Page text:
• Gov. Scott: If we don’t truly address Act 250, we won’t solve our housing crisis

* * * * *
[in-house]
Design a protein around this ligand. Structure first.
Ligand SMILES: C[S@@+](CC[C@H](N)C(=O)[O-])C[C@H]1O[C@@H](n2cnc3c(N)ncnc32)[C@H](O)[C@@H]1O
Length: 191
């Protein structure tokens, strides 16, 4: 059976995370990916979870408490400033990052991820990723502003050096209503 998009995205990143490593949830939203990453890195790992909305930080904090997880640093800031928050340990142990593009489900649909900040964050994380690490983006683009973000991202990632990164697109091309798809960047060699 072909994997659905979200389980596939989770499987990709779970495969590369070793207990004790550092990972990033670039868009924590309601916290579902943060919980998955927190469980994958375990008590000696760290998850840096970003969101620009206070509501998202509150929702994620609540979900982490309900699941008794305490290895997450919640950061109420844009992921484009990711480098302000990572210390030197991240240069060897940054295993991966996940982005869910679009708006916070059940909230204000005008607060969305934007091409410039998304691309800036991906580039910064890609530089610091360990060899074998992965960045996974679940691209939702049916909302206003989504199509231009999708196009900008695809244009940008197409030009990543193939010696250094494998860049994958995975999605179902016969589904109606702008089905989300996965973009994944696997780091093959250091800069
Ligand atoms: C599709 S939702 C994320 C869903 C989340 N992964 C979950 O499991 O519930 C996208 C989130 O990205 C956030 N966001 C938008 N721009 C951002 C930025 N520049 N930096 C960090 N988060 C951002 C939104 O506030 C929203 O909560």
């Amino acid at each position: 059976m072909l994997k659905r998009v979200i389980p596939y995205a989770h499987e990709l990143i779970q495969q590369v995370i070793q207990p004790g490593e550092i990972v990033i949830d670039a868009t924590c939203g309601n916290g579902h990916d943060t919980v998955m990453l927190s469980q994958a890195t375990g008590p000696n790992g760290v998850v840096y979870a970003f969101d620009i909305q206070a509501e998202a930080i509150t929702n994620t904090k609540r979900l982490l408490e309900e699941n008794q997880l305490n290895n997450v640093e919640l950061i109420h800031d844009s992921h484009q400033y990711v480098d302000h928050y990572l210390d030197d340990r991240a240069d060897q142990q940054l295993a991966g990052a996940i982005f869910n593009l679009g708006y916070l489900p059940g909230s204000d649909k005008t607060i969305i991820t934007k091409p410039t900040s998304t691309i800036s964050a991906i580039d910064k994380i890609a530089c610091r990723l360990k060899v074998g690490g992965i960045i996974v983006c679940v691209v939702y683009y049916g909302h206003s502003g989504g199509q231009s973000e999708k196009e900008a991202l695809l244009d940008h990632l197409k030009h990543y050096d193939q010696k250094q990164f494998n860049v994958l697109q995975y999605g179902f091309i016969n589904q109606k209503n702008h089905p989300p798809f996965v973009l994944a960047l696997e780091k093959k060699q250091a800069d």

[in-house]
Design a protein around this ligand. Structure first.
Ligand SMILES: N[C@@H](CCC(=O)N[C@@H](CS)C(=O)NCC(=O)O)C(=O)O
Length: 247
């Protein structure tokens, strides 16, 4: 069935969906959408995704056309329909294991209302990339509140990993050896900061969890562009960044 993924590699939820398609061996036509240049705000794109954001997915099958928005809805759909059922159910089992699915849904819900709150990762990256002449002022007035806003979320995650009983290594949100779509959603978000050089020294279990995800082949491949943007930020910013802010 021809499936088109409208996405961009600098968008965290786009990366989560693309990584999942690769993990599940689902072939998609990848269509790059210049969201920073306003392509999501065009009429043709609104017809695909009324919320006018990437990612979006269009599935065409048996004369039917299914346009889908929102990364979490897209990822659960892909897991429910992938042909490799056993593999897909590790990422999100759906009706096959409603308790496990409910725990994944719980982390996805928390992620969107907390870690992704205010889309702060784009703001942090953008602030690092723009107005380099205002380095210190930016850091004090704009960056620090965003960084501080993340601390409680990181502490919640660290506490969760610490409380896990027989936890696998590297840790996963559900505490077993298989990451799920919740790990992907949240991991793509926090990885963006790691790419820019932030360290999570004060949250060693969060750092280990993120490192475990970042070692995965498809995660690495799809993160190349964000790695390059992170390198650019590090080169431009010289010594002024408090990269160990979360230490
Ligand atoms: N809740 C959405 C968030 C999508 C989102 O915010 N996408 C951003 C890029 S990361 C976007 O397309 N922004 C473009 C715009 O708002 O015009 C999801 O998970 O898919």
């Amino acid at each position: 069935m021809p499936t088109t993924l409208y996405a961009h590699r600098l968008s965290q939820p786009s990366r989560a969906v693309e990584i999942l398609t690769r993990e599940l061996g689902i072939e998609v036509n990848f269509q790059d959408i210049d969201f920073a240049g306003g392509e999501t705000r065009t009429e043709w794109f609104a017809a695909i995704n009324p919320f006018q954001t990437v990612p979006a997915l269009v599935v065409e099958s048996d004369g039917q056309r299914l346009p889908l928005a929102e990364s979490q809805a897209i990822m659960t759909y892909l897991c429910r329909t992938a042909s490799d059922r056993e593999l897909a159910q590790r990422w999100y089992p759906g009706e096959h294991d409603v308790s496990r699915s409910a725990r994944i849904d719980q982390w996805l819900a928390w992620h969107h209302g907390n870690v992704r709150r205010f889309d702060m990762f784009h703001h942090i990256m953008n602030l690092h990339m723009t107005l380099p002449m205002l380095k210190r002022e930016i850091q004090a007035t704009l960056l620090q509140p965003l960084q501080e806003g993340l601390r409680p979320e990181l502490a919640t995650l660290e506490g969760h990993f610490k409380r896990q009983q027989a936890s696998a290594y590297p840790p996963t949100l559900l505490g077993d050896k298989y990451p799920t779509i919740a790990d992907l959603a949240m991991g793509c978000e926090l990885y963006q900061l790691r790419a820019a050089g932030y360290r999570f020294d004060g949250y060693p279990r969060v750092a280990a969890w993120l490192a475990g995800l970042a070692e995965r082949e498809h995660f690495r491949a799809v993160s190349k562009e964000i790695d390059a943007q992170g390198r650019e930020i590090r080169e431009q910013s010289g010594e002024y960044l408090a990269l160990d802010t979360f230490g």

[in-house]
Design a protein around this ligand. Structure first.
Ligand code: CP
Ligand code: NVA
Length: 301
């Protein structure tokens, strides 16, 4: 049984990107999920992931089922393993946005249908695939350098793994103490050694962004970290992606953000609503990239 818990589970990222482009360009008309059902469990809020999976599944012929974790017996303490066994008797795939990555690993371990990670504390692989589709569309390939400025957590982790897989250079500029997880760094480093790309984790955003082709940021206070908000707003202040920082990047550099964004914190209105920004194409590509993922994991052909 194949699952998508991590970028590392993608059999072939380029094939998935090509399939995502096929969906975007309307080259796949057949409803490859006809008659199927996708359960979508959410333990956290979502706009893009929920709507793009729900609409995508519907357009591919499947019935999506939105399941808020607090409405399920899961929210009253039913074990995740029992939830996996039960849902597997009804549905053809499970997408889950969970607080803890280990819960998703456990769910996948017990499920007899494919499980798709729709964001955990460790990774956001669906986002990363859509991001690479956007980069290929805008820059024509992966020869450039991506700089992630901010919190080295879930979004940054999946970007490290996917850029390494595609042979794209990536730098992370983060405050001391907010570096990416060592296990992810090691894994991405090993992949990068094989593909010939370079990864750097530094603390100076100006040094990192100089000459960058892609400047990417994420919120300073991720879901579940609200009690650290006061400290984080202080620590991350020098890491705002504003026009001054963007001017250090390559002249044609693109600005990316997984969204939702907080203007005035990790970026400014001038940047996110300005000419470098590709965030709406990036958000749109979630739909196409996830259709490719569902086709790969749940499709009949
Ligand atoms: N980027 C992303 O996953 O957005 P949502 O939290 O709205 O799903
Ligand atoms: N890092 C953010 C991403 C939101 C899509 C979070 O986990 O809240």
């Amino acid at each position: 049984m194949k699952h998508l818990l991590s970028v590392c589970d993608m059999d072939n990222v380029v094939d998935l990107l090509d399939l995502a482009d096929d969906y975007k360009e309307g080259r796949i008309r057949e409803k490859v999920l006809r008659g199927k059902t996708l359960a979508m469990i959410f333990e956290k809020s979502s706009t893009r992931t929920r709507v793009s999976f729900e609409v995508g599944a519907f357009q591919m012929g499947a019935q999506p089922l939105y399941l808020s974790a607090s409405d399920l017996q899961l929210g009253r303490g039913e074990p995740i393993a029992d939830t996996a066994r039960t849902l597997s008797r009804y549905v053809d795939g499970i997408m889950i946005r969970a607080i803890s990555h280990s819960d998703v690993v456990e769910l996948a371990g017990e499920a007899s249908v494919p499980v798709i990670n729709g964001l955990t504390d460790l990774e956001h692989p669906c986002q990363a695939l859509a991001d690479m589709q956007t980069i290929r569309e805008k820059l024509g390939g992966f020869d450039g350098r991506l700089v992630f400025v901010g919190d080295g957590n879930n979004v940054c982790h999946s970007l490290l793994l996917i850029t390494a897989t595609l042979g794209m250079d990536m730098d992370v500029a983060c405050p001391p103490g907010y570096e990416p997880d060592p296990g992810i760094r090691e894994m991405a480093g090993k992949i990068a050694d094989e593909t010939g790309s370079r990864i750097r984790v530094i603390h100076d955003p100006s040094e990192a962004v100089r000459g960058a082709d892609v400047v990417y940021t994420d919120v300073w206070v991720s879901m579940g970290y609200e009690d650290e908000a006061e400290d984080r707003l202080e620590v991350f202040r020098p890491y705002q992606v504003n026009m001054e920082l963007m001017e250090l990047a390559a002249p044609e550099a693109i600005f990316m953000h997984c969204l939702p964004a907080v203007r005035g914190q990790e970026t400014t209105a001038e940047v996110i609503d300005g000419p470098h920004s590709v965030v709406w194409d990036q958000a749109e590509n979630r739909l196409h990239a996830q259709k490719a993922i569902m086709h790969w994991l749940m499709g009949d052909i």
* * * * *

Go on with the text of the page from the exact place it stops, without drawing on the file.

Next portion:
Governor Phil Scott today delivered his annual State of the State address to a joint session of the General Assembly, opening his eighth legislative session as Governor. Many of the lawmakers in that Assembly oppose any changes to Act 250, a restrictive regulatory policy that has held back housing development for over 50 years. Vermont's legislators are not required to disclose where they live, or whether they own their homes, but many of the most staunch defenders of antiquated regulations live in homes, often with large acreage, and remain warm and comfortable when they go home each night while the rest of the state struggles to house thousands of its residents. Should home owning Vermont lawmakers who object to helping others do the same recuse themselves on the issue of Act 250? Below are the key points Governor Scott made about this issue in his address. Last year I said, “we won’t be able to make the most of this opportunity if we don’t address the decades-old regulations holding us back.” While we took some steps, I know many of you would agree, we need to do a lot more. The fact is, Act 250 did exactly what it was intended to do. It slowed down growth, and in some cases, stopped it altogether. But it was enacted at a time when we were growing way too fast. Today we face a different reality – one where families desperately need homes, and communities need reinvestment. There’s an expression: “If nothing changes, then nothing will really change.” In our case, that means if nothing changes, things will continue to get worse. We’ve committed the funds, and laid the groundwork, but if we don’t truly address Act 250, we won’t solve our housing crisis. Every single one of you, and the people you represent, need a voice in this debate. This issue is too important and too consequential for two committees, and a couple of special interest groups, to control the outcome. If we make commonsense improvements, we can give young families the decent, affordable homes they need. We can offer seniors a chance to enjoy retirement, without the burden of a large home they can’t afford. And we can put homeless Vermonters in real homes, not over-priced hotel rooms we can’t afford. By jumpstarting housing for working families, we can revitalize communities, refill our schools, and make our neighborhoods more inviting in all 14 counties. We can help solve the challenges we face – funding healthcare and education, climate change mitigation, I.T. infrastructure, and so much more. Housing is key, and it’s something we can do right now. So let’s work together and get more families in homes faster, and at a cost they can afford.